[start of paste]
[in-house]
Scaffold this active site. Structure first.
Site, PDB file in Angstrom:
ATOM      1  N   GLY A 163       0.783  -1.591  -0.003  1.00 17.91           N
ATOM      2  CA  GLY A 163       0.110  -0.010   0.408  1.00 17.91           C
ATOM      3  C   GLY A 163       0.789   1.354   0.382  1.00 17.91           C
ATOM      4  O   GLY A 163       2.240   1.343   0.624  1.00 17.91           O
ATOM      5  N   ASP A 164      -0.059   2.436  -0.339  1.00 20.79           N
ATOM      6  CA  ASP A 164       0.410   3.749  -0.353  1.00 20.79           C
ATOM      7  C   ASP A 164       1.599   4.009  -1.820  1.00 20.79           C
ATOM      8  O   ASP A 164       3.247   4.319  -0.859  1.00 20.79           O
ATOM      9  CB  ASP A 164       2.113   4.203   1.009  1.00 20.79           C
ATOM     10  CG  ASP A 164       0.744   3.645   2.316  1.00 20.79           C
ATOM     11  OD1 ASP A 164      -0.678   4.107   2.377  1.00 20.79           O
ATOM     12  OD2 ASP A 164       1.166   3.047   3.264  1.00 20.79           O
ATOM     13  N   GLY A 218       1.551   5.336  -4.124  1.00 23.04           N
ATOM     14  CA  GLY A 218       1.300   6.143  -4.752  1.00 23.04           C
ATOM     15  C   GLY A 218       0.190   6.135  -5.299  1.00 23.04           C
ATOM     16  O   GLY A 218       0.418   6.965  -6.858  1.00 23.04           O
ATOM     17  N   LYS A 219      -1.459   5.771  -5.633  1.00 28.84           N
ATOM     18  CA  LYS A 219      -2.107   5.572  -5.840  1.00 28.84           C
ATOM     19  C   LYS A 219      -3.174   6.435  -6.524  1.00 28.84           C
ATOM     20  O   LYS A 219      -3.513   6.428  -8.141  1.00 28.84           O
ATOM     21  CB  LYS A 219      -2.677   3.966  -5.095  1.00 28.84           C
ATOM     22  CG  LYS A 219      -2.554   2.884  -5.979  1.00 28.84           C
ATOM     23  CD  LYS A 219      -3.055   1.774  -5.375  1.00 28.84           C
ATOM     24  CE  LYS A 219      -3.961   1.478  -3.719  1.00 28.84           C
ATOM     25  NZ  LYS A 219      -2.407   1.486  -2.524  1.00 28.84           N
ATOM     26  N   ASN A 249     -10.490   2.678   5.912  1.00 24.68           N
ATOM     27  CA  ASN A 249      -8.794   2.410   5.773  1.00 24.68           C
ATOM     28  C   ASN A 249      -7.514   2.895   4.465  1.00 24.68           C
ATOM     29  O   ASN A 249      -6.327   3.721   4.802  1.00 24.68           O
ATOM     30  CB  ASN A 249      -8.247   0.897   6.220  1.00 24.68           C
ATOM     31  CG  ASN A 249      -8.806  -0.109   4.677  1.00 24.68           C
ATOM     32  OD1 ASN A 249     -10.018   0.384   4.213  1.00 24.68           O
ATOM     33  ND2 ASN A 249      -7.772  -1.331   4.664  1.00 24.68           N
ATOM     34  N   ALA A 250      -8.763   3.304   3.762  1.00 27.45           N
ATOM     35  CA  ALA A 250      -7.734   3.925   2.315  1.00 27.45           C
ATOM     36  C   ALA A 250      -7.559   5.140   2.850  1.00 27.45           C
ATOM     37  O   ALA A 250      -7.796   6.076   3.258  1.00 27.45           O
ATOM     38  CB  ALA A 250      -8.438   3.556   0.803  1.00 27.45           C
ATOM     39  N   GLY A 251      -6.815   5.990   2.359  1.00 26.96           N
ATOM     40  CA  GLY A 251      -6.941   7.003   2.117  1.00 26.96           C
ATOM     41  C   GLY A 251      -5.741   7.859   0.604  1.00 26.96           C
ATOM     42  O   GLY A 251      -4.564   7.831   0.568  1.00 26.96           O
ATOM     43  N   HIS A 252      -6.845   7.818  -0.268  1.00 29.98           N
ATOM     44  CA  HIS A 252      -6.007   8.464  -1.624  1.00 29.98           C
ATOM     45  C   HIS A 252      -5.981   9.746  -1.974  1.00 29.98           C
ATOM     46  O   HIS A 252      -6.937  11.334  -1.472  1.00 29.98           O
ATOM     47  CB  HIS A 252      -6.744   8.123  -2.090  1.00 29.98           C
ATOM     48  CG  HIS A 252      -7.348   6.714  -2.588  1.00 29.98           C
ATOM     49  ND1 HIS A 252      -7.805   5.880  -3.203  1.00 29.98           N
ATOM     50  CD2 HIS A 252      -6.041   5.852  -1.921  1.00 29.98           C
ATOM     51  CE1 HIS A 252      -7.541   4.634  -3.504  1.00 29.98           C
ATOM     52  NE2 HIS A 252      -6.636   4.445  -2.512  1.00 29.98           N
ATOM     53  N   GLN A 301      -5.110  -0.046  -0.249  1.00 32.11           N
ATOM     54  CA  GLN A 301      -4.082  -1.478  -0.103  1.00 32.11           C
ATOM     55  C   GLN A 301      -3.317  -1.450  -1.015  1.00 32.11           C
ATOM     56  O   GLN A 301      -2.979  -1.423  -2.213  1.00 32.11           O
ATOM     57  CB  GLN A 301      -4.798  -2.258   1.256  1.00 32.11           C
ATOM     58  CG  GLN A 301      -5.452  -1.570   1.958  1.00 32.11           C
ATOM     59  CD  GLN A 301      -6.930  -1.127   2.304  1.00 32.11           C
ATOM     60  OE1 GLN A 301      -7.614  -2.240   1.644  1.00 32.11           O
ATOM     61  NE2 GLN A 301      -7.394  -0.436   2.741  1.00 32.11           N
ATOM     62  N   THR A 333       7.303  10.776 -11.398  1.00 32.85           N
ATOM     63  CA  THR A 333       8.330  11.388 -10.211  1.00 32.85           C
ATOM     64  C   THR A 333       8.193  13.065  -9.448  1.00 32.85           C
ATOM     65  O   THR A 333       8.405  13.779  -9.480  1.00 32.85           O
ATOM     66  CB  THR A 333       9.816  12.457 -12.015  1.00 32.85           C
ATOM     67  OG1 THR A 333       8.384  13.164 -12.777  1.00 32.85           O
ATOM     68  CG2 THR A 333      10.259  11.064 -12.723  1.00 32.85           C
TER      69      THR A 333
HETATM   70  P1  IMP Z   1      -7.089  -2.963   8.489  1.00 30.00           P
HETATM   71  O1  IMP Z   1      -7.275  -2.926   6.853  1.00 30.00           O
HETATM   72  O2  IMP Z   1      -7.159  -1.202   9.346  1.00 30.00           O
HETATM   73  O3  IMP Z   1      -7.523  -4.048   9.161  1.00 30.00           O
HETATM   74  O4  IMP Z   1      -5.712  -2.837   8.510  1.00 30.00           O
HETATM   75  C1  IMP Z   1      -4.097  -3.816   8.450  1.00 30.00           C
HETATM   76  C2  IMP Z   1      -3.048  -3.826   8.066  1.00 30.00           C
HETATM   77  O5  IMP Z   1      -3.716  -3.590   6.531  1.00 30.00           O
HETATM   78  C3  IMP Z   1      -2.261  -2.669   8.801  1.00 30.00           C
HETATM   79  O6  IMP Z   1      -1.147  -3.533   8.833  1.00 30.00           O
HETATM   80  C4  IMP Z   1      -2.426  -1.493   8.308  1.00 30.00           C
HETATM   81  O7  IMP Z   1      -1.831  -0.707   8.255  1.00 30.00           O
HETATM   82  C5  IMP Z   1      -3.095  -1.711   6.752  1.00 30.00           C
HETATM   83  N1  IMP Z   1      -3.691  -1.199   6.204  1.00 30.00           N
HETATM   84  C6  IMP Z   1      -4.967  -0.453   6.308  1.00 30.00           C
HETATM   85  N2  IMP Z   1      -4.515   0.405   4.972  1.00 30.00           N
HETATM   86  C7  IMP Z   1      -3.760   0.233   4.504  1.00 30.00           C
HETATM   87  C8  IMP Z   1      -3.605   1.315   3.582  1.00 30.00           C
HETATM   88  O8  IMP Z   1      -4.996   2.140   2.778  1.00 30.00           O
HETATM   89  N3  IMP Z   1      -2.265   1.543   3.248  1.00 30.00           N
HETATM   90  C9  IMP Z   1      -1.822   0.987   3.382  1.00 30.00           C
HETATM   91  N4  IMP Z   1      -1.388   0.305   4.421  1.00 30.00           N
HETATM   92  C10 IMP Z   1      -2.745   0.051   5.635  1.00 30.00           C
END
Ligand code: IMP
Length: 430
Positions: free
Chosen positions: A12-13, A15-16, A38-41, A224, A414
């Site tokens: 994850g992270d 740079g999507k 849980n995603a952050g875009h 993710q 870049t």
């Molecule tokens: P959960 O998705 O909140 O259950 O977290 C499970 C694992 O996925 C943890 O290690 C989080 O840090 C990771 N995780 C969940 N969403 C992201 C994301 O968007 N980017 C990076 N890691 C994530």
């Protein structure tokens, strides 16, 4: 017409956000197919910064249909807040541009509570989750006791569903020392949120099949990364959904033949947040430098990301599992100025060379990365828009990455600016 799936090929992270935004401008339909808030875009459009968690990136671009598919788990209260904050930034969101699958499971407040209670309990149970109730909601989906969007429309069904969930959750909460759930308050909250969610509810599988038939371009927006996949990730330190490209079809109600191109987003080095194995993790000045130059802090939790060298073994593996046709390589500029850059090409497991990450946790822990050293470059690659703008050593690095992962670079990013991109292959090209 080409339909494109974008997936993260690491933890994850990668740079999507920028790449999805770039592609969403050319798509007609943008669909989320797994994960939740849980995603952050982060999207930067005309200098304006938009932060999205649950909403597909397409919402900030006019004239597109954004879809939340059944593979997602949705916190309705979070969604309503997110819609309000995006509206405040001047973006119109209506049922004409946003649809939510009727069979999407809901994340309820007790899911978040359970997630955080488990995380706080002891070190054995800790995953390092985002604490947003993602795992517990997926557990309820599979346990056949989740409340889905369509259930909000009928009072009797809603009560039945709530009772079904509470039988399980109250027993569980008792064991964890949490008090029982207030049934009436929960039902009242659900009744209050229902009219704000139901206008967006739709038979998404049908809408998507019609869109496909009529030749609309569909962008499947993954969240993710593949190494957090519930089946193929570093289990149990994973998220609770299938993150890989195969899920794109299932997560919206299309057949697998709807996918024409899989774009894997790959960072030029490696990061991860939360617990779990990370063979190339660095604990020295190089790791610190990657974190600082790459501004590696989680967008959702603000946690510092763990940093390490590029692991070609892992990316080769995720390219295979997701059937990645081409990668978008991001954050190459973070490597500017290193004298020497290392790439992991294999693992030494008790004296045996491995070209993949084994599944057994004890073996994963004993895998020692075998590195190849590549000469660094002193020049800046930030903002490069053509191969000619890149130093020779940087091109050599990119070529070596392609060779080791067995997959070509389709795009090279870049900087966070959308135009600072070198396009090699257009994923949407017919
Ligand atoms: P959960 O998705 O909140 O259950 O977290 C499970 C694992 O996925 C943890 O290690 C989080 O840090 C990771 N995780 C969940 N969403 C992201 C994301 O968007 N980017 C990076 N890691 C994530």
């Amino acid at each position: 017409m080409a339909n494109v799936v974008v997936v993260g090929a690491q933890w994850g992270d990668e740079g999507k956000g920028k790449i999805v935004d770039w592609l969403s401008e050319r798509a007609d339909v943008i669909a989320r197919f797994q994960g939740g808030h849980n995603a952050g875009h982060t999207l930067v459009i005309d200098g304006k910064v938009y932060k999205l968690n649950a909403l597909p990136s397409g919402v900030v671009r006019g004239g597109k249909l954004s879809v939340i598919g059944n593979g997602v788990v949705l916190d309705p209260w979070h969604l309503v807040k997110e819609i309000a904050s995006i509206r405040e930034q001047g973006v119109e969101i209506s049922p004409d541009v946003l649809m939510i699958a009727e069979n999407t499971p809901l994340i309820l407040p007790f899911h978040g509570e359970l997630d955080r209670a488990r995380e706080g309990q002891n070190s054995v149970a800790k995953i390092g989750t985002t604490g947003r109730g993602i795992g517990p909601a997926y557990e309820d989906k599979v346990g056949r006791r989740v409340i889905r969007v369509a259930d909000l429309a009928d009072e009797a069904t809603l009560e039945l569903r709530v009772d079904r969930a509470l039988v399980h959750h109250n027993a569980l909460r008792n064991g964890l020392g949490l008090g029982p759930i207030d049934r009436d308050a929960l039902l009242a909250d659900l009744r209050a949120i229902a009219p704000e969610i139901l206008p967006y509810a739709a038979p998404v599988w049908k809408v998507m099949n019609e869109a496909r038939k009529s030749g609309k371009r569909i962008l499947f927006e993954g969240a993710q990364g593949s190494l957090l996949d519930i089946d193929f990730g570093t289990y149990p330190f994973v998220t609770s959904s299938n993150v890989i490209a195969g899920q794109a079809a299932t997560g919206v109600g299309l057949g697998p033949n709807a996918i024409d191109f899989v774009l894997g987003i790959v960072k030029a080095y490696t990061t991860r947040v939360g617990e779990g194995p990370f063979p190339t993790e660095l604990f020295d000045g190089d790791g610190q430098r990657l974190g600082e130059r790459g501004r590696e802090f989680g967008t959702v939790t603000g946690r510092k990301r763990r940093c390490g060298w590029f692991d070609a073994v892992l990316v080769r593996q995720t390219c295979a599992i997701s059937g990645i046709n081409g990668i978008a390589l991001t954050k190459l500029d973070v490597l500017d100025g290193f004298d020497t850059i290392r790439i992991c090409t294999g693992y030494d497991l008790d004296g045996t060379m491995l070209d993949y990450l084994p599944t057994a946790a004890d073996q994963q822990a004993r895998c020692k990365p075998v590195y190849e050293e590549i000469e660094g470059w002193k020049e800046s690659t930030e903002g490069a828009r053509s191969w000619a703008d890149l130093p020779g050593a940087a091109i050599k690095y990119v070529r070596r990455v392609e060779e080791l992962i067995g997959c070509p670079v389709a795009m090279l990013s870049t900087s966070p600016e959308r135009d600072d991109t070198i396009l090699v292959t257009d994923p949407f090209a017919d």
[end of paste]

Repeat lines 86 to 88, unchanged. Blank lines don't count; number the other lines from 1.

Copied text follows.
HETATM   83  N1  IMP Z   1      -3.691  -1.199   6.204  1.00 30.00           N
HETATM   84  C6  IMP Z   1      -4.967  -0.453   6.308  1.00 30.00           C
HETATM   85  N2  IMP Z   1      -4.515   0.405   4.972  1.00 30.00           N